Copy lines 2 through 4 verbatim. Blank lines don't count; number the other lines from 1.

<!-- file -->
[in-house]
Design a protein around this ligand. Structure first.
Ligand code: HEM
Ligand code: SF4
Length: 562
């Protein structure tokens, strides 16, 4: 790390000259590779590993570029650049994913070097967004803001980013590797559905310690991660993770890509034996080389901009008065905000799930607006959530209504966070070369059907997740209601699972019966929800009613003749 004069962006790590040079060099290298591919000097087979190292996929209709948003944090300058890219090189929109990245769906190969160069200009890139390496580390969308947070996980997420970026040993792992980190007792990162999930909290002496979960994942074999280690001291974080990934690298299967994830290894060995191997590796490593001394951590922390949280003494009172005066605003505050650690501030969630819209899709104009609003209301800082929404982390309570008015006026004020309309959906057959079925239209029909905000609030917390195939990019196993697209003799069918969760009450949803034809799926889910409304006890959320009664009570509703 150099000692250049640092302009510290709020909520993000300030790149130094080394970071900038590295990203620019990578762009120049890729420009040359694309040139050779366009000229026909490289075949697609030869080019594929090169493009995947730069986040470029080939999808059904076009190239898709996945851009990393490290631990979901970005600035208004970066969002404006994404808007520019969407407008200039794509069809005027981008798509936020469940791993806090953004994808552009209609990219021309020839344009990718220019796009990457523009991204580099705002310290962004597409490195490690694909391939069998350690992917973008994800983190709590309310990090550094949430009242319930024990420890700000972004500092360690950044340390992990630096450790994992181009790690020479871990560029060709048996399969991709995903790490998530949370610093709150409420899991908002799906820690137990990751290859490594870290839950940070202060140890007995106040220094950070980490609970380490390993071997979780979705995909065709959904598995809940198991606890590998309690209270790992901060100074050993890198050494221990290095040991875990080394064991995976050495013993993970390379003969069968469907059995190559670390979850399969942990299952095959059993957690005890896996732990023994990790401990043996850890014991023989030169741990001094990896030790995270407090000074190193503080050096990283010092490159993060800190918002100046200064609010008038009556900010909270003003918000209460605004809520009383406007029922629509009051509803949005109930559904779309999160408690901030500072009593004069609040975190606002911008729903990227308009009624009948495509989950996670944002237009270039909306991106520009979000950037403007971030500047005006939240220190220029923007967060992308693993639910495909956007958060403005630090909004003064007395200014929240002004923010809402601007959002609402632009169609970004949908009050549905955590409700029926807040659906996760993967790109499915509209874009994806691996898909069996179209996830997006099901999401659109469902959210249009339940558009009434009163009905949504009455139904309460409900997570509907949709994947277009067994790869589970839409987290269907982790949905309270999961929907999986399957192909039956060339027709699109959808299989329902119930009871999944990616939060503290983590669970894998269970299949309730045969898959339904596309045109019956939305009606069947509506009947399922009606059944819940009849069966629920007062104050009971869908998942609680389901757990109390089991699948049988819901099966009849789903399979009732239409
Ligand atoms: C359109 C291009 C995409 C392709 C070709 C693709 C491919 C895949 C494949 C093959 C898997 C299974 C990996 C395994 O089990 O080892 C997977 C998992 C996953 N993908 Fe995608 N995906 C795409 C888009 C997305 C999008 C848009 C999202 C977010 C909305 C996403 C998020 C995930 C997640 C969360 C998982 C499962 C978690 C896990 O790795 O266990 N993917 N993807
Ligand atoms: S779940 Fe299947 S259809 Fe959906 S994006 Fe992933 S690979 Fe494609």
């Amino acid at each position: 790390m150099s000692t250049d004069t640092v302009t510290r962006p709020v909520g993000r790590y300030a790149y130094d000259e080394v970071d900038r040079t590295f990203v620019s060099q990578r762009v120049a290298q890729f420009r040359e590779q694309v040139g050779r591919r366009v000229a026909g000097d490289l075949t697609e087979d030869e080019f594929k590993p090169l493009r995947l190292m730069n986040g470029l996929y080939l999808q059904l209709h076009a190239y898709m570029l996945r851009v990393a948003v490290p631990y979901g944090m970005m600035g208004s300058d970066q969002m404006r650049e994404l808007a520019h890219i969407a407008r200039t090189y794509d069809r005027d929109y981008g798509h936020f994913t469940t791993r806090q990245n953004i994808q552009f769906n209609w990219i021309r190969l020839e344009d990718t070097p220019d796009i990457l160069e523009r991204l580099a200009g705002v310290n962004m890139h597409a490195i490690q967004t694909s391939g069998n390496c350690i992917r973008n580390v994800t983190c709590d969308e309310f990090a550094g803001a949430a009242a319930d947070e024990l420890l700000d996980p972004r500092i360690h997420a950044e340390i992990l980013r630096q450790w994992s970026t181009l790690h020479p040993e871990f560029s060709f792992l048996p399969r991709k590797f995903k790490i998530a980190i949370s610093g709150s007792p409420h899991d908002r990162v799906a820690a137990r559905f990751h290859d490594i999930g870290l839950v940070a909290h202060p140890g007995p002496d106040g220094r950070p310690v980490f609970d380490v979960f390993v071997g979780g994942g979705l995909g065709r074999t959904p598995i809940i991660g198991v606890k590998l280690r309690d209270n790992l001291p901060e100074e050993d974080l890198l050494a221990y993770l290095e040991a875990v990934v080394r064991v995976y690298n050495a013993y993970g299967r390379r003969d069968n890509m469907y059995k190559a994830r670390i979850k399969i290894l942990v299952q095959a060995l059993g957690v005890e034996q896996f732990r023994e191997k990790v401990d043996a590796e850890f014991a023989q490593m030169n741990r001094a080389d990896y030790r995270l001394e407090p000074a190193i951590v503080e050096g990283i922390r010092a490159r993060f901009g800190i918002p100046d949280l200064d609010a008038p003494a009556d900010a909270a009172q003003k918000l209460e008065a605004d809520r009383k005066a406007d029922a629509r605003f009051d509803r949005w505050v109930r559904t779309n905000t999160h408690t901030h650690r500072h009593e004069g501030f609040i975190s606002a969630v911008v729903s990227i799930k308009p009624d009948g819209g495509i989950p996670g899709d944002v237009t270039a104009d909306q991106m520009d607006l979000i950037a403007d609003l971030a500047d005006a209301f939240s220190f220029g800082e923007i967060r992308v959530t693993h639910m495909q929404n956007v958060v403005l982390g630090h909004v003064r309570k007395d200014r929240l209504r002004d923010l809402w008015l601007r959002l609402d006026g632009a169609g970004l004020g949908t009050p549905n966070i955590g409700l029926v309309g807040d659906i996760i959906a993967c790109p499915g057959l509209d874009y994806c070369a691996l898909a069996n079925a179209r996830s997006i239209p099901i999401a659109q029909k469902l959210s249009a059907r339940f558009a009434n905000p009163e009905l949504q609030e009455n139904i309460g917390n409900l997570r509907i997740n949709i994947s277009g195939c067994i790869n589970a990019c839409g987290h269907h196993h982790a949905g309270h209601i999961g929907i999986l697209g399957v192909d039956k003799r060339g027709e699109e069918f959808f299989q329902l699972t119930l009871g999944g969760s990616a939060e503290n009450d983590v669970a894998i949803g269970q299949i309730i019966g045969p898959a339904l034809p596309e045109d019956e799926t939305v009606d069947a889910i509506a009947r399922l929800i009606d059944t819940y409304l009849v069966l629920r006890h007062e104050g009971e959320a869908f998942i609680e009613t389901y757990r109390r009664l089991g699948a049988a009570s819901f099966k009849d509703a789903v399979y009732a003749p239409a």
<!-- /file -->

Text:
Design a protein around this ligand. Structure first.
Ligand code: HEM
Ligand code: SF4